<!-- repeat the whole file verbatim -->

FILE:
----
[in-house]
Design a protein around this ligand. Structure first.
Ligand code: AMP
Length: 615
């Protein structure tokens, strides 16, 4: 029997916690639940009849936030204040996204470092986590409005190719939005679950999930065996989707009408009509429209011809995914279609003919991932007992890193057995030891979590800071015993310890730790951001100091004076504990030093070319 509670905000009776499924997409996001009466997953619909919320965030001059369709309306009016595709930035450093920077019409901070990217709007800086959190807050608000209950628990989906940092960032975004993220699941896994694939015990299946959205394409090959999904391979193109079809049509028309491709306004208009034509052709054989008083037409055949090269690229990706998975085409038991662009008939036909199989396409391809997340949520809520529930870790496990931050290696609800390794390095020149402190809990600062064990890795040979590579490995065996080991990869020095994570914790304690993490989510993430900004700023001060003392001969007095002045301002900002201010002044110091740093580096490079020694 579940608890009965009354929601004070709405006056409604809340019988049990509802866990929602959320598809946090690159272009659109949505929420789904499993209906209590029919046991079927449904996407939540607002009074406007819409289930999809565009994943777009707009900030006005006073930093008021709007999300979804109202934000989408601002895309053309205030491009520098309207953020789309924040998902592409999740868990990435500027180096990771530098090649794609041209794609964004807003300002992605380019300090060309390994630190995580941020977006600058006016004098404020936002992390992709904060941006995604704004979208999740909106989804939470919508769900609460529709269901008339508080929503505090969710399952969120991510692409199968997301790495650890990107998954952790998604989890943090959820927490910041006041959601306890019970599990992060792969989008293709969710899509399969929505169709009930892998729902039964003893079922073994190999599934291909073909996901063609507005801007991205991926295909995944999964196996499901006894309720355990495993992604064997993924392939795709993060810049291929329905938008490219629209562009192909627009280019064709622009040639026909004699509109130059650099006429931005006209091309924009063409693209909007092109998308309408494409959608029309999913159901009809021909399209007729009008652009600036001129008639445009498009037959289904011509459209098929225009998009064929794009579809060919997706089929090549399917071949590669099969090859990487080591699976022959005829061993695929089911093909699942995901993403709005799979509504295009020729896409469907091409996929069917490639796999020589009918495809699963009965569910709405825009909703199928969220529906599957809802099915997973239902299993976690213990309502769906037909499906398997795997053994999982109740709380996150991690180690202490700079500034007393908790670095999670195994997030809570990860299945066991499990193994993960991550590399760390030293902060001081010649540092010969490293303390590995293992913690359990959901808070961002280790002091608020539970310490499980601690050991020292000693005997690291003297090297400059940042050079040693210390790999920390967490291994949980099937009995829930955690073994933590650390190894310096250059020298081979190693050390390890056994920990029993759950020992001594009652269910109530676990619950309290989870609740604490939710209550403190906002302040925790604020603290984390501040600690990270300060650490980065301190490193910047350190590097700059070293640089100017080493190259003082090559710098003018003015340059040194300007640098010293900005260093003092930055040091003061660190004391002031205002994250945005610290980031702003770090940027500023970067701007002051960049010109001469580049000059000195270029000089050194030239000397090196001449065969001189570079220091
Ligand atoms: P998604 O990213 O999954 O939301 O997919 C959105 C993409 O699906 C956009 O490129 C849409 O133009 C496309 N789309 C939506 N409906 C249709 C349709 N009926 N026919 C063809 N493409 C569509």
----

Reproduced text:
[in-house]
Design a protein around this ligand. Structure first.
Ligand code: AMP
Length: 615
């Protein structure tokens, strides 16, 4: 029997916690639940009849936030204040996204470092986590409005190719939005679950999930065996989707009408009509429209011809995914279609003919991932007992890193057995030891979590800071015993310890730790951001100091004076504990030093070319 509670905000009776499924997409996001009466997953619909919320965030001059369709309306009016595709930035450093920077019409901070990217709007800086959190807050608000209950628990989906940092960032975004993220699941896994694939015990299946959205394409090959999904391979193109079809049509028309491709306004208009034509052709054989008083037409055949090269690229990706998975085409038991662009008939036909199989396409391809997340949520809520529930870790496990931050290696609800390794390095020149402190809990600062064990890795040979590579490995065996080991990869020095994570914790304690993490989510993430900004700023001060003392001969007095002045301002900002201010002044110091740093580096490079020694 579940608890009965009354929601004070709405006056409604809340019988049990509802866990929602959320598809946090690159272009659109949505929420789904499993209906209590029919046991079927449904996407939540607002009074406007819409289930999809565009994943777009707009900030006005006073930093008021709007999300979804109202934000989408601002895309053309205030491009520098309207953020789309924040998902592409999740868990990435500027180096990771530098090649794609041209794609964004807003300002992605380019300090060309390994630190995580941020977006600058006016004098404020936002992390992709904060941006995604704004979208999740909106989804939470919508769900609460529709269901008339508080929503505090969710399952969120991510692409199968997301790495650890990107998954952790998604989890943090959820927490910041006041959601306890019970599990992060792969989008293709969710899509399969929505169709009930892998729902039964003893079922073994190999599934291909073909996901063609507005801007991205991926295909995944999964196996499901006894309720355990495993992604064997993924392939795709993060810049291929329905938008490219629209562009192909627009280019064709622009040639026909004699509109130059650099006429931005006209091309924009063409693209909007092109998308309408494409959608029309999913159901009809021909399209007729009008652009600036001129008639445009498009037959289904011509459209098929225009998009064929794009579809060919997706089929090549399917071949590669099969090859990487080591699976022959005829061993695929089911093909699942995901993403709005799979509504295009020729896409469907091409996929069917490639796999020589009918495809699963009965569910709405825009909703199928969220529906599957809802099915997973239902299993976690213990309502769906037909499906398997795997053994999982109740709380996150991690180690202490700079500034007393908790670095999670195994997030809570990860299945066991499990193994993960991550590399760390030293902060001081010649540092010969490293303390590995293992913690359990959901808070961002280790002091608020539970310490499980601690050991020292000693005997690291003297090297400059940042050079040693210390790999920390967490291994949980099937009995829930955690073994933590650390190894310096250059020298081979190693050390390890056994920990029993759950020992001594009652269910109530676990619950309290989870609740604490939710209550403190906002302040925790604020603290984390501040600690990270300060650490980065301190490193910047350190590097700059070293640089100017080493190259003082090559710098003018003015340059040194300007640098010293900005260093003092930055040091003061660190004391002031205002994250945005610290980031702003770090940027500023970067701007002051960049010109001469580049000059000195270029000089050194030239000397090196001449065969001189570079220091
Ligand atoms: P998604 O990213 O999954 O939301 O997919 C959105 C993409 O699906 C956009 O490129 C849409 O133009 C496309 N789309 C939506 N409906 C249709 C349709 N009926 N026919 C063809 N493409 C569509």